A VERY MINIATURE RUSSIAN
Passional, Manuscript on Paper.
Russia, n.d., early to mid C17th
50x40mm (maximum dimensions), text c. 36x25mm. 119 ll. I⁸ (-I1-3) II⁸, III10, IV-XV⁸, signatures mid/lower margin: since the calendar begins on the verso of the first leaf (recto blank) it is most likely that the first three ll. not present in the first gathering were blank; two or three ll missing from end (last days of August). Eight to eleven lines per page, running titles. Dates in outer margins. Small, informal semiuncial Cyrillic script, tiny but precise. Text in brownish black, contrasting red for monthly headings, initials, running titles and marginal numerals, where red has faded overwritten in black. First leaf with 2 paper flaws, original so not affecting text, lower outer corner of this and next two ll worn with slight loss, variable finger soiling to same corner throughout but never impairing legibility, astonishingly well margined and in general clean and good. In a simple, rustic binding, of varnished cloth over wooden boards, leather spine (cracked) over three raised bands, lower board holed for probably leather fastening. Entirely unrestored.
This pocket calendar (svjatcy) indicates the saint or saints commemorated, or feast celebrated (according to the annual cycle of fixed feasts) on every day throughout the year, beginning on 1st September. Although most Church Slavic texts are in small folio, it is not so uncommon for this text to be produced as a miniature manuscript; however, this example is particularly small. The forms of some names (e.g. заха́рїи, ма́рїи, нико́лы) show that the manuscript was written by Old Believers, a section of the Russian church who rejected the liturgical reforms introduced by Patriarch Nikon in the middle of the seventeenth century. This produced a violent reaction against them on the part of the authorities with very active persecution from the 1680s, and they did not receive full toleration until 1905, enjoying it only until the Revolution introduced a new repression of all forms of religious practice. As well as carefully preserving their liturgical traditions as they had been immediately before the reforms, the Old Believers carried on the traditions of the Russian manuscript unchanged from the middle of the seventeenth century, not only in terms of content, but also their techniques of production. Surviving examples are now rare. We have not been able to locate the manufacture of this charming little ms. but after 1685 most Old Believers were found in Lithuania, Pomors in the far north, Kursk and the Urals, and Siberia and the Far East. In 1905 they represented about 10% of the Russian population. A need for secrecy as well as portability may have determined the dimensions of this ms.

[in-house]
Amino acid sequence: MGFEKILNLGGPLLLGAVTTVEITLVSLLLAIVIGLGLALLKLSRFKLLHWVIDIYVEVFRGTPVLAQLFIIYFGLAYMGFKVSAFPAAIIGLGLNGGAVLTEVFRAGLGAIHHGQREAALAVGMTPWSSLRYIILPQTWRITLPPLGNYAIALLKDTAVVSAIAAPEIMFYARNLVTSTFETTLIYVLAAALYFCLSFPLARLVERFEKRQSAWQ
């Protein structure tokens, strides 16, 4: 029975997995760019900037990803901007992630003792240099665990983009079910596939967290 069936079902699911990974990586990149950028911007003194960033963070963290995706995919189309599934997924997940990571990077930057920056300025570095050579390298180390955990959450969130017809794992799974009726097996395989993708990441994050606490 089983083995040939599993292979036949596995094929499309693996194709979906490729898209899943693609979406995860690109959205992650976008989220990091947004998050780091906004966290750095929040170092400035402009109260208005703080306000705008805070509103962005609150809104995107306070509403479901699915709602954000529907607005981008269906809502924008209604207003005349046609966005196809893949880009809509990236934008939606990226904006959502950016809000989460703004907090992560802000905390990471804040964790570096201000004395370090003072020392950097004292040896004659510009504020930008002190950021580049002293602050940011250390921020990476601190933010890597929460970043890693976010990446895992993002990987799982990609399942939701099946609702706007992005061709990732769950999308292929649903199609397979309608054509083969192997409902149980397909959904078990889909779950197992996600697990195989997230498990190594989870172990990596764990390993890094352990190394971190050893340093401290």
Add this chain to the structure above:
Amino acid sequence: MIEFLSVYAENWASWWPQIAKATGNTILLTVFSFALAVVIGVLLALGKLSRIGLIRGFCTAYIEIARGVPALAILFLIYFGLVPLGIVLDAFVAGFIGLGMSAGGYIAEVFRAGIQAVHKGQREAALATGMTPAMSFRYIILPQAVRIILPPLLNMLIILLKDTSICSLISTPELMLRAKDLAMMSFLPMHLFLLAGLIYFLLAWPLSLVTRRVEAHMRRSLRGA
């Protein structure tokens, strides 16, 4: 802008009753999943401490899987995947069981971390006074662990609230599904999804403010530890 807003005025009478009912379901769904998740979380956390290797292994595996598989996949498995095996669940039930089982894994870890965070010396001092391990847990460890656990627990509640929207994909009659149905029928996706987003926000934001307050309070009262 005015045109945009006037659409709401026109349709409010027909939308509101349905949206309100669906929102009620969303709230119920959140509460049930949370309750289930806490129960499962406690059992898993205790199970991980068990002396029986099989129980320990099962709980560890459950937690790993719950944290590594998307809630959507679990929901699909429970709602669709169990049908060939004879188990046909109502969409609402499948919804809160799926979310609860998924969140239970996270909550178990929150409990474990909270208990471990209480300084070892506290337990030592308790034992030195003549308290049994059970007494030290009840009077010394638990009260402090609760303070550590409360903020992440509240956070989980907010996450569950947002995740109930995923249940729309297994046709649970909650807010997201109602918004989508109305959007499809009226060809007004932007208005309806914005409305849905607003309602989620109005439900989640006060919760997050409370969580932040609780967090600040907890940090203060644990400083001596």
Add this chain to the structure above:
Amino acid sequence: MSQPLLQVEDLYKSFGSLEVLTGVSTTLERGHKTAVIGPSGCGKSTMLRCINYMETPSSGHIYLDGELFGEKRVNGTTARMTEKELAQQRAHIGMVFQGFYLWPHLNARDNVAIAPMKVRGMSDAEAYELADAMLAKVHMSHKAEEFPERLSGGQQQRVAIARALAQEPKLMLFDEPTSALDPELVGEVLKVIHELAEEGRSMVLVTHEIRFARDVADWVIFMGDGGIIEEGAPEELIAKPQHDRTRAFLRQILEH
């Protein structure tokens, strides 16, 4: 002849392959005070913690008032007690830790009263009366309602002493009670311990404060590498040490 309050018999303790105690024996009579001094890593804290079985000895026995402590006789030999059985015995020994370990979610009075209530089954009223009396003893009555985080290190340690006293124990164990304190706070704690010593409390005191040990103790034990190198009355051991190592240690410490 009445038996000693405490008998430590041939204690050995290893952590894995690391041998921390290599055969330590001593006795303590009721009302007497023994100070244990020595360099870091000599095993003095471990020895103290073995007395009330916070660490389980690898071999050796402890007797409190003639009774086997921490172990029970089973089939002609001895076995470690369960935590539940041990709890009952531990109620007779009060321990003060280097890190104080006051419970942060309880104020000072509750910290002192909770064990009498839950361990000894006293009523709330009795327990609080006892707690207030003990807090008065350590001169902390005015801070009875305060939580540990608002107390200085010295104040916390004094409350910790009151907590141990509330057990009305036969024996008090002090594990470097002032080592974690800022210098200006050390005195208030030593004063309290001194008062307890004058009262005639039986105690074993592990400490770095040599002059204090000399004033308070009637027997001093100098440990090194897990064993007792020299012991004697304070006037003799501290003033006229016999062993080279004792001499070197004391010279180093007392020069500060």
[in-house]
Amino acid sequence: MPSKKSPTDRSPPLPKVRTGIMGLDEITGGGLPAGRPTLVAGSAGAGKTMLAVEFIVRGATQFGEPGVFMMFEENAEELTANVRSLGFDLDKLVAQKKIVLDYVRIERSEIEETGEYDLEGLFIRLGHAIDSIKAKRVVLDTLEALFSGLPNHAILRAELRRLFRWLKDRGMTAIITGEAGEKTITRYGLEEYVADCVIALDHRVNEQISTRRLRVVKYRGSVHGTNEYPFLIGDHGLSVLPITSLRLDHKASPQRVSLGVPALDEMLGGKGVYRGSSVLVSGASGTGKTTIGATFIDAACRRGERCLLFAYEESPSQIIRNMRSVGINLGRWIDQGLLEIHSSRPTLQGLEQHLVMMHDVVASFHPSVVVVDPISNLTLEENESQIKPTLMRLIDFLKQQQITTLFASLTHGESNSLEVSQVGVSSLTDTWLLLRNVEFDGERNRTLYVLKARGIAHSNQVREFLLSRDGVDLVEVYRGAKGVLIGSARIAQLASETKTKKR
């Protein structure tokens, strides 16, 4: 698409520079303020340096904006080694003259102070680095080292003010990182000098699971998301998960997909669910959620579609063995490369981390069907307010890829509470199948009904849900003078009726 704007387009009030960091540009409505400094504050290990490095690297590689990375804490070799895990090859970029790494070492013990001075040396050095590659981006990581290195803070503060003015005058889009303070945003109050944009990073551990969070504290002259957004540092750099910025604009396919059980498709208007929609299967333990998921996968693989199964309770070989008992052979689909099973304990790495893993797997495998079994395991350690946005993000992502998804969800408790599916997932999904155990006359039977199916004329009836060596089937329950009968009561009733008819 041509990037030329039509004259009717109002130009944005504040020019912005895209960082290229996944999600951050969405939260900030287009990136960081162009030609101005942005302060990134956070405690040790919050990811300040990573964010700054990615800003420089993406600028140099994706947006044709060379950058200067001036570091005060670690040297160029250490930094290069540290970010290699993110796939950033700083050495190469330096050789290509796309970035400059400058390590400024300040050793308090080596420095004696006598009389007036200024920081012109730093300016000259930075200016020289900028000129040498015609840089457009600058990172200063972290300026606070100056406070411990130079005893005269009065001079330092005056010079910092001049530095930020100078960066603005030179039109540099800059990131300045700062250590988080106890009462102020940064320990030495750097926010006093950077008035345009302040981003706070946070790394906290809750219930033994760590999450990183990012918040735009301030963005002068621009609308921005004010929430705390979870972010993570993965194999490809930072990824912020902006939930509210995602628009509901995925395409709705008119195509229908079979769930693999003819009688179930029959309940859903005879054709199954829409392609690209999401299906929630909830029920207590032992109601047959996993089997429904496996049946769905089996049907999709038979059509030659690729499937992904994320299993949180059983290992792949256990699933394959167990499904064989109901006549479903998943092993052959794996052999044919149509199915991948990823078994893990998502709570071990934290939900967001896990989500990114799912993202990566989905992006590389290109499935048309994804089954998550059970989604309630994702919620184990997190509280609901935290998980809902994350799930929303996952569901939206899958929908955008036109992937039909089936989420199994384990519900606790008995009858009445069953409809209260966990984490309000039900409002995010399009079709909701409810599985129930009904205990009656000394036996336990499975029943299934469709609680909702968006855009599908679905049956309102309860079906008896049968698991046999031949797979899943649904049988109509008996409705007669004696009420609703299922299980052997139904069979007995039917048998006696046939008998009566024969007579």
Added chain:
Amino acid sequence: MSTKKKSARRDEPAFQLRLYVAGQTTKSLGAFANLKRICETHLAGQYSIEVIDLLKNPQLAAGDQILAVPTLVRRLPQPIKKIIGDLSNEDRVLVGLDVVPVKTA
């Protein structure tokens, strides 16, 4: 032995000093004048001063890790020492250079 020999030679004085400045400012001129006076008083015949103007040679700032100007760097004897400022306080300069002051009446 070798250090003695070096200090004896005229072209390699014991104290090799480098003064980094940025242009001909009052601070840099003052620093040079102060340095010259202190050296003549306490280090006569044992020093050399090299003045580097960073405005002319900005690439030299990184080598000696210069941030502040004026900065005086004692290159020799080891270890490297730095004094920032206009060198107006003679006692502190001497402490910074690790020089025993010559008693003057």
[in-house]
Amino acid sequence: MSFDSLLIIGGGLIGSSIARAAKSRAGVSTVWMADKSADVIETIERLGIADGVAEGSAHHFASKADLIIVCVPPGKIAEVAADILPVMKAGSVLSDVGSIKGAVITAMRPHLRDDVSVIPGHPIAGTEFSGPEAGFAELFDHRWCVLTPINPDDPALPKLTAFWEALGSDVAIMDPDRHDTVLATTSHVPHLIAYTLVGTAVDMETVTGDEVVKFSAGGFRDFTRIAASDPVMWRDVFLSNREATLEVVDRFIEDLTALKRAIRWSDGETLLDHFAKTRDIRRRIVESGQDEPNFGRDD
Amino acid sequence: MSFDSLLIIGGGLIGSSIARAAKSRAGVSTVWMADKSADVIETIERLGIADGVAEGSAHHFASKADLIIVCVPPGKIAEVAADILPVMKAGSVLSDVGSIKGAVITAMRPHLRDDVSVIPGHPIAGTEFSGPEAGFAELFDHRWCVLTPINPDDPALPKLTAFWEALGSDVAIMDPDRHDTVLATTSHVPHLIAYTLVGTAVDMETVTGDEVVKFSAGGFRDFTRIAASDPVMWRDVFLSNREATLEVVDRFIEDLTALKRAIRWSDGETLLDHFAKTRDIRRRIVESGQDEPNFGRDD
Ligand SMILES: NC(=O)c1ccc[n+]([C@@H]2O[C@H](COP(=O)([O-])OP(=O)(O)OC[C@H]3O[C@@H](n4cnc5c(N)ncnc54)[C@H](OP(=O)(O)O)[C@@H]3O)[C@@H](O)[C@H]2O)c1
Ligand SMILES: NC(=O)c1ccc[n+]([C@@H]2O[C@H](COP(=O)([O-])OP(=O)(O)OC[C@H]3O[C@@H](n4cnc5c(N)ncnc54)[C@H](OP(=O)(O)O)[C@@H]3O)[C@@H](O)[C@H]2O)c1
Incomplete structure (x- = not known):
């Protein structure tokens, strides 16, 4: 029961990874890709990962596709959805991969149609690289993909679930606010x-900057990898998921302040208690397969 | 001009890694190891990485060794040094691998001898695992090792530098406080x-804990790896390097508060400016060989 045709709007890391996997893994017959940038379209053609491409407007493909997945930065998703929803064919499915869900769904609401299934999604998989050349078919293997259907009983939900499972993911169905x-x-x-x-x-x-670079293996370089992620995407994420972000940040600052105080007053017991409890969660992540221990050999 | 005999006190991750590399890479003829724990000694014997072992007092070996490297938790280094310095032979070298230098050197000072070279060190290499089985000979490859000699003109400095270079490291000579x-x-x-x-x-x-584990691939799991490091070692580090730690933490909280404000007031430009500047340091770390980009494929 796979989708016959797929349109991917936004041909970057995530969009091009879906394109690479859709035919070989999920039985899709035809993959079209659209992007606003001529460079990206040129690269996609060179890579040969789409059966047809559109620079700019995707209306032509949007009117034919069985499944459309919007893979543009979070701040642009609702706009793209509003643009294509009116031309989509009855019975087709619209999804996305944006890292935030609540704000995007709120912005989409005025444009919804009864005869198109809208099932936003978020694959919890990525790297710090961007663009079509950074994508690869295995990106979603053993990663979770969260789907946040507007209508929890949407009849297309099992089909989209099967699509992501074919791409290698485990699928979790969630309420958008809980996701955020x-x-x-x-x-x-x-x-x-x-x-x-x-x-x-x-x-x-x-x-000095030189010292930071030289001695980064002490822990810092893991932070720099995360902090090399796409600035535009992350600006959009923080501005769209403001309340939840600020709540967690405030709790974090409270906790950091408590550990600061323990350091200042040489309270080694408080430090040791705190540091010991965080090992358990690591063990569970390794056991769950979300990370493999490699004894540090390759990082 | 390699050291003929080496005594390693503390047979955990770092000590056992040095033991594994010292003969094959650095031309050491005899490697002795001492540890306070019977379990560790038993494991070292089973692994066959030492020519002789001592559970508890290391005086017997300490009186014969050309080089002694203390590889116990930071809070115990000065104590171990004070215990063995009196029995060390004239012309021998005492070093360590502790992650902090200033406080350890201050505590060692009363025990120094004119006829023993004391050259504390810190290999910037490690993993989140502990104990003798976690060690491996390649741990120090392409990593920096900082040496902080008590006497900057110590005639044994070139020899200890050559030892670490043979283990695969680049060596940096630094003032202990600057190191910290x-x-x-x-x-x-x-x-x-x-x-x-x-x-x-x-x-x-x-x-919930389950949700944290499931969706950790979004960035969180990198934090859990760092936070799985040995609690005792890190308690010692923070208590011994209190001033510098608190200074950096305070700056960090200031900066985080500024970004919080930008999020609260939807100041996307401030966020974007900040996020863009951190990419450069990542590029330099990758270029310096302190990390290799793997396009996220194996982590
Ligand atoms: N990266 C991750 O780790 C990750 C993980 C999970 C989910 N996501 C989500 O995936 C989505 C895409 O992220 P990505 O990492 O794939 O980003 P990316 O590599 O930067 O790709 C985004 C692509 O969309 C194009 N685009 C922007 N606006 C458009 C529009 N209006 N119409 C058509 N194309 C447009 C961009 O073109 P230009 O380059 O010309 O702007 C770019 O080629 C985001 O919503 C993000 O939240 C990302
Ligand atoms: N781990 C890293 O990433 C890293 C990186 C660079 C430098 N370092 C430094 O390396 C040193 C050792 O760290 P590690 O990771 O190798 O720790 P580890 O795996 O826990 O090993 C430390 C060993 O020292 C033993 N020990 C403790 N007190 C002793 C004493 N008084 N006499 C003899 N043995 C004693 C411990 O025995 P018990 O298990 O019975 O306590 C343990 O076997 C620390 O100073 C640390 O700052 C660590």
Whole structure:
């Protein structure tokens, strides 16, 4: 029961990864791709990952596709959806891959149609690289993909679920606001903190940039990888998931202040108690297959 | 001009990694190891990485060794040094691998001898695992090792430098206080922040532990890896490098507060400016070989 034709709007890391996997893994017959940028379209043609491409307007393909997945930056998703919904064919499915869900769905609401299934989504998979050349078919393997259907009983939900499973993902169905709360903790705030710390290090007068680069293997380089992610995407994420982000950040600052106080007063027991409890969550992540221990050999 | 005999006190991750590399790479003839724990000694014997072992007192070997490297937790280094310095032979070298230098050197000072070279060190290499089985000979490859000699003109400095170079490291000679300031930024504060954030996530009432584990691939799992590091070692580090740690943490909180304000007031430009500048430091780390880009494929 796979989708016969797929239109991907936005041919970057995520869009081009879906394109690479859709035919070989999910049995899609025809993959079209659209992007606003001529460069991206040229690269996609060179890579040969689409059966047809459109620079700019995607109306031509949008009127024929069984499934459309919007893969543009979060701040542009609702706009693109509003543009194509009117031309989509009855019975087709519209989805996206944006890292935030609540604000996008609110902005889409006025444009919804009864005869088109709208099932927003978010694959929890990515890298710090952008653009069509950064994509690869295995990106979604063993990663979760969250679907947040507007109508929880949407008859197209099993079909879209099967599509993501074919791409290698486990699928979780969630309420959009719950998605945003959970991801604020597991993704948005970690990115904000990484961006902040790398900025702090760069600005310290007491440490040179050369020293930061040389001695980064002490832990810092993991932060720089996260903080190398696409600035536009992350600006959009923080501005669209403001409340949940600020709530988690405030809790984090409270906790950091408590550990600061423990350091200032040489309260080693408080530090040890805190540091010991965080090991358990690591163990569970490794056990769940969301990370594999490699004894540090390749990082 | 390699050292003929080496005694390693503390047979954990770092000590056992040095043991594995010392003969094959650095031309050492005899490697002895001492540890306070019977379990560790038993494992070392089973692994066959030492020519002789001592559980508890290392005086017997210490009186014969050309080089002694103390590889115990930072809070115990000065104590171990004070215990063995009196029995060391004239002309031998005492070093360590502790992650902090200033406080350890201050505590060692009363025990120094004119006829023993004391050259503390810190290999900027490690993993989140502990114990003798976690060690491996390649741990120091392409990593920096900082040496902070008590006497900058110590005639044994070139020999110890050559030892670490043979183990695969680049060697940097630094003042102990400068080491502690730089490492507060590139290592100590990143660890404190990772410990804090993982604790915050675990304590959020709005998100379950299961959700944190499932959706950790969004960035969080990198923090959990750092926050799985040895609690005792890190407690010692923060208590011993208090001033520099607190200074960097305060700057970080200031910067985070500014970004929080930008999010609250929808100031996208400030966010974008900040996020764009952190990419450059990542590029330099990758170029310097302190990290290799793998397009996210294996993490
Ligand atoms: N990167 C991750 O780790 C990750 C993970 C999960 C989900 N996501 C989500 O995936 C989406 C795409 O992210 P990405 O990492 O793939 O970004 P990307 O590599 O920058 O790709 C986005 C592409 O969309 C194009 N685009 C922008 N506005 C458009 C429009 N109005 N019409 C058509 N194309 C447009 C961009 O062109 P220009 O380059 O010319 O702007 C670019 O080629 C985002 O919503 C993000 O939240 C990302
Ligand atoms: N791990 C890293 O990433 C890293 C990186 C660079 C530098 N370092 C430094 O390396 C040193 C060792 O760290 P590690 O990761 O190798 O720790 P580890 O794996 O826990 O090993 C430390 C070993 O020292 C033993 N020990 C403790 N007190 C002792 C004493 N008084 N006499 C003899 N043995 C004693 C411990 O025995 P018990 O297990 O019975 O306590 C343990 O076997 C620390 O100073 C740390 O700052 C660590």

The Paul M. Fekula collection, the largest collection of such material to come to the market in the West (with 37 manuscripts, catalogued in M. Matejic, Slavic Manuscripts from the Fekula Collection, 1983), was sold by Sotheby’s in November 1990, and contained only a single so-called “miniature” manuscript (Fekula MS 505, lot 82 in the sale), which was twice the height of the present book. In fact, the present tiny volume compares favourably with the smallest miniature Western manuscripts to ever be offered for sale. It is slightly larger than the Book of Hours sold by Sotheby’s, 18 June 1991, lot 155 (37mm. by 23mm.), but is smaller in height at least than the Priuli Hours, sold Sotheby’s, 20 June 1995, lot 97 (43mm. by 30mm.) and the Hours of Saint Francis, sold by the same house, 6 July 2000, lot 86 (50mm. by 34mm.). In addition, it is smaller than the British Library’s smallest Book of Hours (Additional MS. 58280; C. de Hamel, History of Illuminated Manuscripts, 1986, p.172, with life-size plate, measuring 54mm. by 40mm.), and is smaller than any in the Bibliothèque nationale de France (according to Leroquais, Livres d’Heures, 1927). Miniature books command fascination, and were the subject of an exhibition in the Grolier Club and Boston Public Library in 2007 (Bromer and Edison, Miniature Books, 4000 Years of Tiny Treasures).
Zernova, A.S. Knigi kirillovskoj pečati, izdannye v Moskve v XVI–XVII vekach: svodnyj katalog, Moskva, 1958
Karataev, I.P., Opisanie slavjano-russkich knig, napečatannych kirillovskimi bukvami, t.I: s 1491 po 1652 gg., S.-Peterburg, 1883.